By G. D. Watson
There springs up in the heart of the new Christian a desire to grow in grace, but his views of growth are vague, and as he looks forward to his Christian journey a silver mist hangs over the distant horizon. He does not apprehend clearly the hindrances in his own nature to spiritual progress, nor does he apprehend in any definite way the promises that are made in the Bible concerning the fullness of salvation. After awhile there comes to his understanding the special need of some grace or virtue that he seems to be lacking. Amid the daily ups and downs of life (the ordinary trials and annoyances and the temptations and besetments that surround him) he is made to feel that he needs some special grace by which he can get an easier victory in daily living.
In the experience of this Christian will be the discovery of an internal hindrance in the heart to the very grace he is seeking. This is the way the Holy Spirit leads the soul to discover the hidden danger of the carnal mind. Many a Christian, who could not believe at first that he had the remains of inward sin in him, is led to make this discovery by finding something in his nature that lies right in the way of his progress in grace, and strangles his peace, or joy, or liberty (Rom. 8:7).
While making this interior examination in his affections and tempers, to find out what is the particular besetting evil that prevents his growth in grace, he makes a great discovery that well nigh horrifies him. Instead of having one besetment that hinders his Christian progress, he finds that there is a whole world of carnality in his nature. Those outcroppings of one or two evil propensities, which at first attracted his attention, were only like the mineral veins of a mine — they lead down into a dark region of corruption and blindness and unbelief that he hitherto did not dream was in him. He then begins to understand that the whole body of sin, as an evil principle, remains in his heart. This saddens his spirit and causes a real grief in his soul. The very fact that he is born of God, and desires to love Him more, causes him inexpressible sorrow of heart to find that his whole being is pervaded with a hidden, yet positive evil. He then begins to see that many of his good deeds and much of his Christian work was tinged with selfishness, or subtle pride, or ambition, or a strain of vanity, or was mixed up with duplicity and double-mindedness. This brings to light what has been called the repentance of believers — that is, real grief over inward sin.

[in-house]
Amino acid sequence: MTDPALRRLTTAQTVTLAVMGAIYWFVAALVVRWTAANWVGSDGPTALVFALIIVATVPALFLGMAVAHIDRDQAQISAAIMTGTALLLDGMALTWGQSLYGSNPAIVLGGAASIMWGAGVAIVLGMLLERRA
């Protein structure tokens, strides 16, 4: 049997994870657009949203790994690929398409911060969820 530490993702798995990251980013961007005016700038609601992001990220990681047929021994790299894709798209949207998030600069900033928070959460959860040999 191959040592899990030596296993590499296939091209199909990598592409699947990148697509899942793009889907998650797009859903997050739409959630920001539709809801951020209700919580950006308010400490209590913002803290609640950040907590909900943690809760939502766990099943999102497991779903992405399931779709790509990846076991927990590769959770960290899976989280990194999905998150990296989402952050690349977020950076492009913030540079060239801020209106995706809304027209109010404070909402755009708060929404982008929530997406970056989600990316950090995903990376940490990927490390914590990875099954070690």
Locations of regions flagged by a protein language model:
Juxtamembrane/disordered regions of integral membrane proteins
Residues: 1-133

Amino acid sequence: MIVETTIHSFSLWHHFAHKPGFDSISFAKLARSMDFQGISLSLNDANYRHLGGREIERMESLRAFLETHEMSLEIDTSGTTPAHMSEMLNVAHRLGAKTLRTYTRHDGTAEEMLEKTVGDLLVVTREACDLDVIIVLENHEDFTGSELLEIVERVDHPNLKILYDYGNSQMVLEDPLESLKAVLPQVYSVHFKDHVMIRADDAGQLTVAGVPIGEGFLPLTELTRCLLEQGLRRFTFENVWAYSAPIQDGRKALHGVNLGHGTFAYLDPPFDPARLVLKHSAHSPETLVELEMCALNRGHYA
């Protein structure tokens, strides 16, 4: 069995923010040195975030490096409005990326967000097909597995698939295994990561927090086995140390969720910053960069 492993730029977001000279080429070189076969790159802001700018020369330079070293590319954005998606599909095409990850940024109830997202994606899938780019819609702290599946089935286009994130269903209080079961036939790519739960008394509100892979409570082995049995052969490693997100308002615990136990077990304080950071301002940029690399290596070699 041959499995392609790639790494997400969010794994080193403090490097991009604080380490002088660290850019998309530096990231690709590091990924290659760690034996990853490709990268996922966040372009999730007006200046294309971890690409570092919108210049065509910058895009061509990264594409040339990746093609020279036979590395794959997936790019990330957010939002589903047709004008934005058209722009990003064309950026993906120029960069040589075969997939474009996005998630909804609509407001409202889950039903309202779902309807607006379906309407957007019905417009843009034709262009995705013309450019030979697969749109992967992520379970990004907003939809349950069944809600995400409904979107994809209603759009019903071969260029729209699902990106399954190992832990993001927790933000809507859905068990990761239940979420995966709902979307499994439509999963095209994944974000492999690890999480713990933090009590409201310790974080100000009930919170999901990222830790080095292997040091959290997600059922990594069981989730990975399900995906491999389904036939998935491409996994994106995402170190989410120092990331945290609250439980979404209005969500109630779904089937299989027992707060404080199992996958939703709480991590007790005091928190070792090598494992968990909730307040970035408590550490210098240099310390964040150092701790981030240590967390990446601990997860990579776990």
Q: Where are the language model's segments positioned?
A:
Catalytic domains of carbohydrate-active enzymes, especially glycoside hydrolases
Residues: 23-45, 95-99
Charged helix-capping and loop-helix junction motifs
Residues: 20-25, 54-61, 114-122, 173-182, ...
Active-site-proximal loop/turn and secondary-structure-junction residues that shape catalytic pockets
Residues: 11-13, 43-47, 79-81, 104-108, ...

There then comes to this soul a thirst for the fullness of scriptural purity. At first he began with a sense of the need of some one particular grace, but now he sees that he needs a universal cleansing — not only from one form of evil but from every variety of pride and unbelief and selfishness. He sees that he needs something far more than to be sanctified in certain spots, for his spiritual vision takes in the length and breadth of his whole nature and scans the extent of his whole life. He yearns for nothing less than a complete and universal cleansing (1 Thess. 5:23-24).
He now begins to entirely yield himself to God, but not in the same way that he yielded for the pardon of his sins. This is a more profound and interior giving of himself without reservation to the will of God. It is an itemized consecration — point by point and thing after thing, in his outward and inward life; a letting go of things in the past and in the future; a placing of circumstances, plans and hopes and anticipations into the will of God (Rom. 12:1-2).
When this itemized yielding of the whole inner being to God is completed, then comes the hour of perfect trust in Jesus as a Savior and Cleanser and Sanctifier. This faith has no struggle in it — it is a sweet, quiet rest in Jesus; a sort of divine, heavenly indifference as to what the outcome may be. Hence the highest type of faith is not exercise, but a ceasing from exercise — a supernatural repose in God; letting the Holy Spirit do His work without having any anxiety to interfere with Him. He sees that he has a most intimate, thorough and blessed companionship with a divine Person, Who lives in him. From now on he does not rely upon any particular type of experience, but learns to confide in the blessed Comforter (Holy Spirit), out of whose fullness flows all good experiences. He learns to let the Holy Spirit use him for the glory of Jesus. Instead of trying to use God’s grace and God’s gifts, he learns how to comply with the inward monitions of the Comforter; and so understanding the mind of God, he yields himself continually, with great docility and humility, to be used by the blessed Holy Spirit, Who abides in his heart. This is the state that all sincere Christians have intimations of and desires for, but so few of them seem to fully enter into. This is the state that is truly apostolic, and it is for all those who will obey God without fear and in humility (Rom. 8:11, 14).
Steps to Holiness was taken from The Heavenly Life by G. D. Watson, condensed and revised, and may be reproduced and distributed.